The current nation state of Belgium first appeared on the political map of Europe rather haphazardly in 1830 when high-spirited nationalists spilling out of an opera kick-started Belgium’s independence. Nobody thought that the country would last, and indeed, some still doubt that it will. However, the fascinatingly tangled history of the ‘Low Countries’ goes back way before such shenanigans.
The region had a rich Roman history but really came to prominence in the 13th and 14th centuries, when the cloth trade brought Bruges, Ghent and Ypres international stature. When Protestantism swept Europe in the 16th century, the Low Countries (present-day Belgium, the Netherlands and Luxembourg) initially embraced it, mainly in the form of Calvinism, much to the chagrin of their ruler, who was, by this stage, the fanatically Catholic Spanish king Philip II. From 1568 a series of wars lasting 80 years resulted in Holland and its allied provinces claiming independence under Protestantism, while Belgium and Luxembourg stayed under Catholic rule – first Spanish, then Austrian Habsburg. A short but destructive period of French rule following the French Revolution resulted in the desecration of the great monasteries, which had long been major players in the rural economy, and notably in Liège, which had been ruled by prince-bishops for over 800 years. After Napoleon’s defeat in 1815 (at Waterloo, near Brussels), the Dutch took over for 15 years. Catholic Belgium split from the Protestant Netherlands in 1830, grabbing half of Luxembourg, the other half staying Dutch until 1890.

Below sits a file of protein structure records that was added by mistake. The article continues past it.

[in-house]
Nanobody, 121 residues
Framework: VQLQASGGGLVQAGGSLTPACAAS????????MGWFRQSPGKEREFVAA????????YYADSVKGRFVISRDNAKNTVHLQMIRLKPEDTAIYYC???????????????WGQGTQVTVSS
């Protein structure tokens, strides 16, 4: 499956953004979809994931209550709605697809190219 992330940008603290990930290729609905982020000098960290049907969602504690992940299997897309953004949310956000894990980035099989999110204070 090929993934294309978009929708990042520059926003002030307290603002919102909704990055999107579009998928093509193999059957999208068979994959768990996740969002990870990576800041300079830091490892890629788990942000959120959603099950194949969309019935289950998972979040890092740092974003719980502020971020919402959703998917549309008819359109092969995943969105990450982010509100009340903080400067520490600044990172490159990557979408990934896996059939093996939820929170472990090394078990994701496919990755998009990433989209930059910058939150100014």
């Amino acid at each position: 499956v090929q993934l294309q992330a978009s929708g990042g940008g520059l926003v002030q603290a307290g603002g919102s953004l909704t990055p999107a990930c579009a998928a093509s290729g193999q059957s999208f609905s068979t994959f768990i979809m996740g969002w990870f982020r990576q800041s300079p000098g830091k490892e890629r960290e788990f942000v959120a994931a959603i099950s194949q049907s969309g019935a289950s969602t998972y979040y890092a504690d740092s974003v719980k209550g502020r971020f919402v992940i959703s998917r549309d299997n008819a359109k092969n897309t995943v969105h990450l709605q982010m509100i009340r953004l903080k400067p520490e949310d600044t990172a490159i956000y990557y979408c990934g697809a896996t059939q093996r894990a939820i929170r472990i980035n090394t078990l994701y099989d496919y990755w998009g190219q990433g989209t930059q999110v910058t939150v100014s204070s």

By this time Belgium was growing rapidly wealthy through impressive industrialisation, helped by King Léopold II's brutal asset-stripping from his ‘personal’ colony – the Congo.